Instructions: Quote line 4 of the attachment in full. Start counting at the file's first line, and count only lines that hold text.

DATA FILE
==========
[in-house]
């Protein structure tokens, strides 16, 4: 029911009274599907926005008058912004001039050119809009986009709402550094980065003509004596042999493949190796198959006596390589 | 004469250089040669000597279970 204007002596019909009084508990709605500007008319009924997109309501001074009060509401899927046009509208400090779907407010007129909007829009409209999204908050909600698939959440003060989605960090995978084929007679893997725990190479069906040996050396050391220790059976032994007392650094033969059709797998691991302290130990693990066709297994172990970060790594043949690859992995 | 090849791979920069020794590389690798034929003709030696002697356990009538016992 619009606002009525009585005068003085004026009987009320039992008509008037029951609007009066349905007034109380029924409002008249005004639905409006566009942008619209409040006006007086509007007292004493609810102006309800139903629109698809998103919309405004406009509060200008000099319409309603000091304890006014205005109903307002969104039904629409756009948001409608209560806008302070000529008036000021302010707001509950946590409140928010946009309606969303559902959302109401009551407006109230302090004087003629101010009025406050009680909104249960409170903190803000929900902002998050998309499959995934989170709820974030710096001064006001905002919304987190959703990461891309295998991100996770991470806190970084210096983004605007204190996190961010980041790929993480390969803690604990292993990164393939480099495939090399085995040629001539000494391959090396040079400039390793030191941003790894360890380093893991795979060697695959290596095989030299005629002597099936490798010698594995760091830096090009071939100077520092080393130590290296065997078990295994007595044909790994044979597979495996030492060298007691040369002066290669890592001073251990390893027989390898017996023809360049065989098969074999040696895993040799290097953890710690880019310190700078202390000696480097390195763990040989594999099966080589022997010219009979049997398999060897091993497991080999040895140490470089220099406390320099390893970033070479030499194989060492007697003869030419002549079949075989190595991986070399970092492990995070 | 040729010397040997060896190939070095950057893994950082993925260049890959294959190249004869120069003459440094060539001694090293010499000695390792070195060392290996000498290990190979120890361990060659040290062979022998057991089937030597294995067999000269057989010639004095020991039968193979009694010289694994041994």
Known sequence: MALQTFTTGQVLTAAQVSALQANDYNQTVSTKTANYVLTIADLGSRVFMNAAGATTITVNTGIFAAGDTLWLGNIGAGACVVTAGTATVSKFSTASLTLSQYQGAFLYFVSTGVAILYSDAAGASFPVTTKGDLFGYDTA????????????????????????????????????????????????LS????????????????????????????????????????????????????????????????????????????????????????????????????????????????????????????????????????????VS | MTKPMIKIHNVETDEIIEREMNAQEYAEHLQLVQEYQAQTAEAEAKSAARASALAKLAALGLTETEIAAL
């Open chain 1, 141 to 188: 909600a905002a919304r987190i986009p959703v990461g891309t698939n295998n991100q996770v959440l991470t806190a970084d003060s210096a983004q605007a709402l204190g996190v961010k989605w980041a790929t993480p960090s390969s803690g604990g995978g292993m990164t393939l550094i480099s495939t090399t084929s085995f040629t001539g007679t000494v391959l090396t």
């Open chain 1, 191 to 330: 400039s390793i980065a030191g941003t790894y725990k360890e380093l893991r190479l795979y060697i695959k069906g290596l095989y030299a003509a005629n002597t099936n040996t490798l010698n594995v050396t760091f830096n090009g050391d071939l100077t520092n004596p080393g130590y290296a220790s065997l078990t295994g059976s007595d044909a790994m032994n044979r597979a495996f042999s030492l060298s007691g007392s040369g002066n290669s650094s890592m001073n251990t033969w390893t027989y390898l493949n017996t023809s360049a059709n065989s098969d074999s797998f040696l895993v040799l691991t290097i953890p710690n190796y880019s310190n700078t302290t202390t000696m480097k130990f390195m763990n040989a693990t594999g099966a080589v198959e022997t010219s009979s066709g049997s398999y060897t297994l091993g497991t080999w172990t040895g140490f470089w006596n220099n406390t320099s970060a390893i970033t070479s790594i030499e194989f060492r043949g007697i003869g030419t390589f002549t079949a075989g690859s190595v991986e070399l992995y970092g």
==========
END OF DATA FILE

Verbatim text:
């Open chain 1, 141 to 188: 909600a905002a919304r987190i986009p959703v990461g891309t698939n295998n991100q996770v959440l991470t806190a970084d003060s210096a983004q605007a709402l204190g996190v961010k989605w980041a790929t993480p960090s390969s803690g604990g995978g292993m990164t393939l550094i480099s495939t090399t084929s085995f040629t001539g007679t000494v391959l090396t």